In both surface and ground waters, levels of phosphate are generally low, but where levels rise because of environmental contamination, growth of algae can occur (a process termed 'eutrophication'). This subsequently depletes oxygen from the water and can result in the death of aquatic life. Ultimately, because these surface and ground waters are used as drinking water, build up of toxic algal blooms represents a major human health concern.
Robust methods for measuring these phosphates in surface and ground waters are therefore necessary. UV-vis spectrophotometry is a mature and reliable technique that offers a solution to accurate measuement of phosphates in surface and ground waters.
Across environmental agency, government, water supply company and university laboratories, a number of methods are currently used to address this challenge:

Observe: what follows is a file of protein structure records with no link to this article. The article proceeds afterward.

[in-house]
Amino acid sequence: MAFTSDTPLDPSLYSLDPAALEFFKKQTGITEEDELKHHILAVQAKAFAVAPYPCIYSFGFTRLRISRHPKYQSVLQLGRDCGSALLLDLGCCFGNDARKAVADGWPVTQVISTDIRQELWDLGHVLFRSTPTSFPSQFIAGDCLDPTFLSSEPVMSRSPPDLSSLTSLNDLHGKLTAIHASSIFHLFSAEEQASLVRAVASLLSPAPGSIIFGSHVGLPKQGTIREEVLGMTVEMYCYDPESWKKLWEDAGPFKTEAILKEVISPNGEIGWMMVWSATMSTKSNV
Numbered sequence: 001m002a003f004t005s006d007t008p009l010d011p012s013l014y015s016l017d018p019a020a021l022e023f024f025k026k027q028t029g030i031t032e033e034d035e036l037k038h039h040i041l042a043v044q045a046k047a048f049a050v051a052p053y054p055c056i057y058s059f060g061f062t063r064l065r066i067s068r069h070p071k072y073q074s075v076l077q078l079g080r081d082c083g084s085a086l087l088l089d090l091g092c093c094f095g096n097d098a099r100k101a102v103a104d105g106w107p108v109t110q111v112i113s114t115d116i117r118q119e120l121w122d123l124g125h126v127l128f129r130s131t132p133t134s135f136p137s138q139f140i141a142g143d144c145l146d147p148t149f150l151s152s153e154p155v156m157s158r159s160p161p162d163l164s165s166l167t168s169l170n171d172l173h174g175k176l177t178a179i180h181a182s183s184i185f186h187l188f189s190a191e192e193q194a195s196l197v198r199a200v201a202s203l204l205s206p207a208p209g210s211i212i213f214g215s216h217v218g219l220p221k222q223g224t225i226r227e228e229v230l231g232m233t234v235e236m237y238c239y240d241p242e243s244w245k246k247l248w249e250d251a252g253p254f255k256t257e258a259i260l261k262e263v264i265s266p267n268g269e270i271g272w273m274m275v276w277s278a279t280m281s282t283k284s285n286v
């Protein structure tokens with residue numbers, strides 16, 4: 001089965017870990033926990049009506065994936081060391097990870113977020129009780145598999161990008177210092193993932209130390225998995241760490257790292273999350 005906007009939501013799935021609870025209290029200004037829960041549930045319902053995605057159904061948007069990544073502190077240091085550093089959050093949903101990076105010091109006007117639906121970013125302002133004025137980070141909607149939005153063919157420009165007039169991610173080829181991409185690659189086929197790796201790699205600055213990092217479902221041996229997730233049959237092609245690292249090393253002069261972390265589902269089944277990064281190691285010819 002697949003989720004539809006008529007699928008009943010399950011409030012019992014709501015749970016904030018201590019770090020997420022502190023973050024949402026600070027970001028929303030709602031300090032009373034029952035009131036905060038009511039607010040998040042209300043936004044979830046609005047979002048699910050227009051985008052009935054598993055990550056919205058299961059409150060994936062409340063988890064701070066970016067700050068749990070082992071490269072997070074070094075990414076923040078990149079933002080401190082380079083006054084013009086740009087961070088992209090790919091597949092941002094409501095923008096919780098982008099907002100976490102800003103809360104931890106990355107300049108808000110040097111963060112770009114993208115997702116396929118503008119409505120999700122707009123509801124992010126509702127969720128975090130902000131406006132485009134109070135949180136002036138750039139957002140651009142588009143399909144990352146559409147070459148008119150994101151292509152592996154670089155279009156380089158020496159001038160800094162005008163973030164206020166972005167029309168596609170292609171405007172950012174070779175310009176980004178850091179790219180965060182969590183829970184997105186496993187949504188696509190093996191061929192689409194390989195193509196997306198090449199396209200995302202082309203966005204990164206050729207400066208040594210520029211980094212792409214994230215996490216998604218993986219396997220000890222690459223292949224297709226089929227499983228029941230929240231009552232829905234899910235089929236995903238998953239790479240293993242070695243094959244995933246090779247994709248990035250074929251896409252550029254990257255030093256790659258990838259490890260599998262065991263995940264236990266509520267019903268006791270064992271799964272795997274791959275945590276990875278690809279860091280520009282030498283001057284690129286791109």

- inductively coupled plasma (ICP)
- ion chromatography
- photometric determination
- flow analysis
A recent study examined the used of photometric detection for the analysis of ortho-phosphates in five different Bavarian lakes in Germany. The study compared a test kit photometric method using ammonium molybdate with a standard DIN EN ISO 6878 method.
Photometry is a reliable and sensitive method for the analysis of ortho-phosphate in ground and surface water, compared to the traditional ion chromatography method. Easy handling and cost benefits mean that the test kits are an alternative to the DIN EN ISO 6878 method.
A full description of the methodology, and details of the instrumentation used, can be viewed on-demand.